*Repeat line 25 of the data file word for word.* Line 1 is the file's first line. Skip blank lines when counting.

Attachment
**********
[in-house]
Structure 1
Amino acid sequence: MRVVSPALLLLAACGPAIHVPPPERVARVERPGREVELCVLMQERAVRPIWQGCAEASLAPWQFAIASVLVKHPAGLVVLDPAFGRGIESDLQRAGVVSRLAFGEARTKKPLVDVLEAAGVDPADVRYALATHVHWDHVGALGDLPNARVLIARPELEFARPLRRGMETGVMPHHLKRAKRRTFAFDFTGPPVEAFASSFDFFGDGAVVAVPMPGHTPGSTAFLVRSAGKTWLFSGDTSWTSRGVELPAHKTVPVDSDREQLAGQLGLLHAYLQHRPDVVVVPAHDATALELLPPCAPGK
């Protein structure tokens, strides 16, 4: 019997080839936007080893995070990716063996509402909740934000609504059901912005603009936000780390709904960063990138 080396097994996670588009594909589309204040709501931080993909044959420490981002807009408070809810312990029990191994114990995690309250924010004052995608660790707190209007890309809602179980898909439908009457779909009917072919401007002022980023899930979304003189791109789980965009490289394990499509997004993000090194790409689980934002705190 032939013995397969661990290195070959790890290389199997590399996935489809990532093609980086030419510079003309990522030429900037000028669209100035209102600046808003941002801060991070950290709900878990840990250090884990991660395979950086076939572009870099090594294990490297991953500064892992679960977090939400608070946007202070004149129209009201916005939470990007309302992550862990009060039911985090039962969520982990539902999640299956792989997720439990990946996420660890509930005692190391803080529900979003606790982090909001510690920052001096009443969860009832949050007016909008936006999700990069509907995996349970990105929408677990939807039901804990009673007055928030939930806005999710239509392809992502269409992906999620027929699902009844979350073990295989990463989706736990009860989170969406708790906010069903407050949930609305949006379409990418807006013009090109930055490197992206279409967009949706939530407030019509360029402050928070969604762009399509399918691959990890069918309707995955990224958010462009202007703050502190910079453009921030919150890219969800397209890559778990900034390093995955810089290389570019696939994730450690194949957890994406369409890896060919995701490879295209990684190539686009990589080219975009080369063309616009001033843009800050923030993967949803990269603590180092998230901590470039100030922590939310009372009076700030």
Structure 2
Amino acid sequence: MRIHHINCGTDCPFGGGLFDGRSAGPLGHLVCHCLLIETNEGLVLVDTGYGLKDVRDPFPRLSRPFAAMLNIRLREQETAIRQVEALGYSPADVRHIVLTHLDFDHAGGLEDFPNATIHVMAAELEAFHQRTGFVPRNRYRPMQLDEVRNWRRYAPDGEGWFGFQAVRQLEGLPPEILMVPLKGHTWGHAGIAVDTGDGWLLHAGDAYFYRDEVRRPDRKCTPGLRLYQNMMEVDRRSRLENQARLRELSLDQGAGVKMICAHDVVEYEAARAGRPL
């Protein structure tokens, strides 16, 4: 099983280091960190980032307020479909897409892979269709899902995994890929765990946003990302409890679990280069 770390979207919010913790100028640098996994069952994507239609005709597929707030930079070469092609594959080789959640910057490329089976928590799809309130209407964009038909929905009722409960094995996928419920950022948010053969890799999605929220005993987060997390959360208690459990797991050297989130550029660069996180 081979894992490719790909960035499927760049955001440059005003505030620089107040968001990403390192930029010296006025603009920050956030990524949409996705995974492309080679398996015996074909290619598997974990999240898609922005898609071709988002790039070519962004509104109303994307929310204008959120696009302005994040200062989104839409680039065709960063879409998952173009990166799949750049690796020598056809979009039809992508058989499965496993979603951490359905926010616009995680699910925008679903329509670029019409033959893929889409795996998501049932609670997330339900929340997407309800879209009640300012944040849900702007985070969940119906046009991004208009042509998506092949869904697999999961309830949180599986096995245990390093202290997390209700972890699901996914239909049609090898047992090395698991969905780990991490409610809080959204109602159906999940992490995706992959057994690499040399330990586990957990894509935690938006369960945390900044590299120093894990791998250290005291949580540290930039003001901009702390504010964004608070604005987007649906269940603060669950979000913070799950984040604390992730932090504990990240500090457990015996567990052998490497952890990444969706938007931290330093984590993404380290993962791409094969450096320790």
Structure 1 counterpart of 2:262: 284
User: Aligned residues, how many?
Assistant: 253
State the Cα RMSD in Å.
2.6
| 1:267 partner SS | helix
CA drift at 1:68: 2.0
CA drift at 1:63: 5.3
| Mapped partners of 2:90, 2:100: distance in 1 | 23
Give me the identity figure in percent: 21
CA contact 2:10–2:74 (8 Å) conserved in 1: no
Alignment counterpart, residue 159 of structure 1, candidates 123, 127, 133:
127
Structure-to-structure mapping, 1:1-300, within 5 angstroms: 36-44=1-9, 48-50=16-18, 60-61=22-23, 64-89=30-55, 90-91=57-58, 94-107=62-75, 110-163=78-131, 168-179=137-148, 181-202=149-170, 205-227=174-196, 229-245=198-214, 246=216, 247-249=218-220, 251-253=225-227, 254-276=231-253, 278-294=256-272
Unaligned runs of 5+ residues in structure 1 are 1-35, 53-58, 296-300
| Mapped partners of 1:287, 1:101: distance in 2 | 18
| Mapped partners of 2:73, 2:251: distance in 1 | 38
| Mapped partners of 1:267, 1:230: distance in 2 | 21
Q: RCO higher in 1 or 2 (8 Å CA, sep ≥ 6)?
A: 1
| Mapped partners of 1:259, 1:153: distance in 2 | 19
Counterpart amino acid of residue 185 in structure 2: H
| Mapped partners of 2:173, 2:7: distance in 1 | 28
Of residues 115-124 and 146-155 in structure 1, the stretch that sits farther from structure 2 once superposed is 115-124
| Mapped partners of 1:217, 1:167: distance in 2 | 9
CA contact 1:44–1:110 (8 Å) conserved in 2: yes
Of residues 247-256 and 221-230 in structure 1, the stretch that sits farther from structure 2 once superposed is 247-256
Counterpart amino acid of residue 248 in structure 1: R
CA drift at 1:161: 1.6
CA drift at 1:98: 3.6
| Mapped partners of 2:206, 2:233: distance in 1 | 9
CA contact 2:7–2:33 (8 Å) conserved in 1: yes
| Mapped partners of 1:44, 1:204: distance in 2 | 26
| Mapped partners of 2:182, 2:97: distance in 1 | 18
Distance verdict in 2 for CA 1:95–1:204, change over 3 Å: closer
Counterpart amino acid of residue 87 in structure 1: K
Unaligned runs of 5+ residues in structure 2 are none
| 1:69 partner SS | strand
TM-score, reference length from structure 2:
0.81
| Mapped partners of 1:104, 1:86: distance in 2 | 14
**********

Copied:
| Mapped partners of 1:267, 1:230: distance in 2 | 21